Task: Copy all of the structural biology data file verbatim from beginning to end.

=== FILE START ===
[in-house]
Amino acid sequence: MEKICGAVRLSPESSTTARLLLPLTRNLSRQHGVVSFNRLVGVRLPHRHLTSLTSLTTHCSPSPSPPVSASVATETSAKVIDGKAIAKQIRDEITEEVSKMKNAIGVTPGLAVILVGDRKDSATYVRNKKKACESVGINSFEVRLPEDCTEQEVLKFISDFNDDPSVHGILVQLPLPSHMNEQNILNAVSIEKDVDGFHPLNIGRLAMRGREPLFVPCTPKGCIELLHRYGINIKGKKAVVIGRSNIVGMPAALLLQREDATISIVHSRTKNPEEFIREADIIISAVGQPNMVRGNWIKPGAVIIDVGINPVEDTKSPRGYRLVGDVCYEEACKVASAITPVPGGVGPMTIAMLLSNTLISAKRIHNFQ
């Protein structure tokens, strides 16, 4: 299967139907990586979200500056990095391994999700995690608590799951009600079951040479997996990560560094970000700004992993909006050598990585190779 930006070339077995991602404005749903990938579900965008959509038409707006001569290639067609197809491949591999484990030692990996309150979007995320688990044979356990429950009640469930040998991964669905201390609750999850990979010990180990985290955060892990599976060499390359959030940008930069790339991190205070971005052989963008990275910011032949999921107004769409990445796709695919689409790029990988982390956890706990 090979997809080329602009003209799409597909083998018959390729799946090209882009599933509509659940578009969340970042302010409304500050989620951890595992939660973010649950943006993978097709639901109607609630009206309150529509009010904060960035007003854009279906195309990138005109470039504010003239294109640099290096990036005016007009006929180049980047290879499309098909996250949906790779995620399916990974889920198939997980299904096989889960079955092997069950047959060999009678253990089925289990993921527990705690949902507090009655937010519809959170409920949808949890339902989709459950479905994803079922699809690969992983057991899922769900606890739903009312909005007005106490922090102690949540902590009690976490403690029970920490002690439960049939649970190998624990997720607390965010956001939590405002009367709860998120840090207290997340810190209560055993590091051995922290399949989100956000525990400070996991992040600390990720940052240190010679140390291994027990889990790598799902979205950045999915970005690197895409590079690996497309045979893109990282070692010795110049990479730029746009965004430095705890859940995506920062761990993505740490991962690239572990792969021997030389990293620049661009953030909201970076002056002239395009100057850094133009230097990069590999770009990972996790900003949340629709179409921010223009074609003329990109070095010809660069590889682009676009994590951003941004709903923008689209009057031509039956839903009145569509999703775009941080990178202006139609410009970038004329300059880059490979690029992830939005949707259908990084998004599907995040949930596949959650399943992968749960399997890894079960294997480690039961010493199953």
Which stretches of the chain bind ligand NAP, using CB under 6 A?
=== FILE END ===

[in-house]
Amino acid sequence: MEKICGAVRLSPESSTTARLLLPLTRNLSRQHGVVSFNRLVGVRLPHRHLTSLTSLTTHCSPSPSPPVSASVATETSAKVIDGKAIAKQIRDEITEEVSKMKNAIGVTPGLAVILVGDRKDSATYVRNKKKACESVGINSFEVRLPEDCTEQEVLKFISDFNDDPSVHGILVQLPLPSHMNEQNILNAVSIEKDVDGFHPLNIGRLAMRGREPLFVPCTPKGCIELLHRYGINIKGKKAVVIGRSNIVGMPAALLLQREDATISIVHSRTKNPEEFIREADIIISAVGQPNMVRGNWIKPGAVIIDVGINPVEDTKSPRGYRLVGDVCYEEACKVASAITPVPGGVGPMTIAMLLSNTLISAKRIHNFQ
């Protein structure tokens, strides 16, 4: 299967139907990586979200500056990095391994999700995690608590799951009600079951040479997996990560560094970000700004992993909006050598990585190779 930006070339077995991602404005749903990938579900965008959509038409707006001569290639067609197809491949591999484990030692990996309150979007995320688990044979356990429950009640469930040998991964669905201390609750999850990979010990180990985290955060892990599976060499390359959030940008930069790339991190205070971005052989963008990275910011032949999921107004769409990445796709695919689409790029990988982390956890706990 090979997809080329602009003209799409597909083998018959390729799946090209882009599933509509659940578009969340970042302010409304500050989620951890595992939660973010649950943006993978097709639901109607609630009206309150529509009010904060960035007003854009279906195309990138005109470039504010003239294109640099290096990036005016007009006929180049980047290879499309098909996250949906790779995620399916990974889920198939997980299904096989889960079955092997069950047959060999009678253990089925289990993921527990705690949902507090009655937010519809959170409920949808949890339902989709459950479905994803079922699809690969992983057991899922769900606890739903009312909005007005106490922090102690949540902590009690976490403690029970920490002690439960049939649970190998624990997720607390965010956001939590405002009367709860998120840090207290997340810190209560055993590091051995922290399949989100956000525990400070996991992040600390990720940052240190010679140390291994027990889990790598799902979205950045999915970005690197895409590079690996497309045979893109990282070692010795110049990479730029746009965004430095705890859940995506920062761990993505740490991962690239572990792969021997030389990293620049661009953030909201970076002056002239395009100057850094133009230097990069590999770009990972996790900003949340629709179409921010223009074609003329990109070095010809660069590889682009676009994590951003941004709903923008689209009057031509039956839903009145569509999703775009941080990178202006139609410009970038004329300059880059490979690029992830939005949707259908990084998004599907995040949930596949959650399943992968749960399997890894079960294997480690039961010493199953």
Which stretches of the chain bind ligand NAP, using CB under 6 A?